FORT HOOD, Texas (AP) - Maj. Nidal Hasan may welcome a death sentence as a pathway to martyrdom. But the rules of military justice won't let him go down without a fight - even if he doesn't want one.
The Army psychiatrist convicted in the 2009 Fort Hood shooting rampage was sentenced to death Wednesday for killing 13 and wounding more than 30. He offered little defense while acting as his own attorney.
But before an execution date is set, Hasan faces years, if not decades, of appeals. There will be one key difference: Unlike the trial, he won't be able to represent himself. Appointed attorneys will handle the case on his behalf.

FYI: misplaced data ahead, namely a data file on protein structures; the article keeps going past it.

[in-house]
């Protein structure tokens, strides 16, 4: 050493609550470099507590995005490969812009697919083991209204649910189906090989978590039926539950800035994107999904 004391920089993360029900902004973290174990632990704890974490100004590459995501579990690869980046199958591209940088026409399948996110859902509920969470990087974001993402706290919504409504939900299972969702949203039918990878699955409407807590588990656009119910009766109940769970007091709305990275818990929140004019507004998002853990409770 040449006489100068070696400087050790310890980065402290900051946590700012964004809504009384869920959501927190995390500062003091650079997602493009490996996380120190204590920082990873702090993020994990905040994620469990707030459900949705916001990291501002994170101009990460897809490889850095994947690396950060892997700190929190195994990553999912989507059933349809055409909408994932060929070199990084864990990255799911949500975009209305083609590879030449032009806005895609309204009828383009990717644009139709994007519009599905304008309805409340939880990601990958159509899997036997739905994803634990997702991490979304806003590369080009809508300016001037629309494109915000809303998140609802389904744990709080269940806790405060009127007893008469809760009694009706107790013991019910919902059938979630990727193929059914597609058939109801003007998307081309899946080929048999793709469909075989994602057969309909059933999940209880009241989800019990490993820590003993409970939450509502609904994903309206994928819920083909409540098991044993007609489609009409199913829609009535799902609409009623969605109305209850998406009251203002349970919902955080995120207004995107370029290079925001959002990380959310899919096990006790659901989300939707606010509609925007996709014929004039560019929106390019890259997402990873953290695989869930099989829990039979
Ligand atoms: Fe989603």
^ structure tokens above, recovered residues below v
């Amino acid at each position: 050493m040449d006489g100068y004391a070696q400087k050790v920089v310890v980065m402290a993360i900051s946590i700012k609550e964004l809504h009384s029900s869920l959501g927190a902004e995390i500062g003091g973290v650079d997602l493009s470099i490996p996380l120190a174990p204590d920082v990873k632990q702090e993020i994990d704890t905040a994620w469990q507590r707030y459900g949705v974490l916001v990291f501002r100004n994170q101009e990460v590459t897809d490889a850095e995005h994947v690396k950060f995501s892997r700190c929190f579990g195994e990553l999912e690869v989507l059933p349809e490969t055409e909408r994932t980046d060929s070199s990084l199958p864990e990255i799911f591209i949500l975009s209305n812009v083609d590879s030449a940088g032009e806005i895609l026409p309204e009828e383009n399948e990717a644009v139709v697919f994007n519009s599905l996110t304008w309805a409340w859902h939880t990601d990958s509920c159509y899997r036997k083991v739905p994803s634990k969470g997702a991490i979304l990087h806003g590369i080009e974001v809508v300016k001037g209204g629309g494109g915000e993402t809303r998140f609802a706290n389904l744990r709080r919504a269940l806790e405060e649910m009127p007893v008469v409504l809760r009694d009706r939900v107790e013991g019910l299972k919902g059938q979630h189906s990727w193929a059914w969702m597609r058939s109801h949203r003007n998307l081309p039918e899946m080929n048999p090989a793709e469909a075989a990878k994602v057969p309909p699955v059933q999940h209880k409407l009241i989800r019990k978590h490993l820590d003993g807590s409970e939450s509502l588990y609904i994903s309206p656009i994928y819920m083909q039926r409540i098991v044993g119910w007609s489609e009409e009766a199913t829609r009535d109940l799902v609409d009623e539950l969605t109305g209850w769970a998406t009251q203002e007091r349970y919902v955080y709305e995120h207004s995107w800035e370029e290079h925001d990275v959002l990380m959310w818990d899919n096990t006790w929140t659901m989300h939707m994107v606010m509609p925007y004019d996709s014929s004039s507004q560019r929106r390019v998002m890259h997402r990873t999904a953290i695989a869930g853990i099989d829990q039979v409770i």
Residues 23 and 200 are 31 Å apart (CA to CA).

Copyright 2013 The Associated Press. All rights reserved. This material may not be published, broadcast, rewritten or redistributed.
Thursday, June 8 2017 4:36 AM EDT2017-06-08 08:36:26 GMT
ANAHEIM, Calif. (AP) - Carlos Perez's squeeze bunt in the 10th inning capped another comeback for the Los Angeles Angels, who scored three times in the ninth before going on to beatMore >>
Devonte Graham scored 26 points and No. 8 Kansas set an NCAA record with its 14th straight regular-season conference championship, clinching at least a tie for the Big 12 title with a 74-72 victory against sixth-ranked...More >>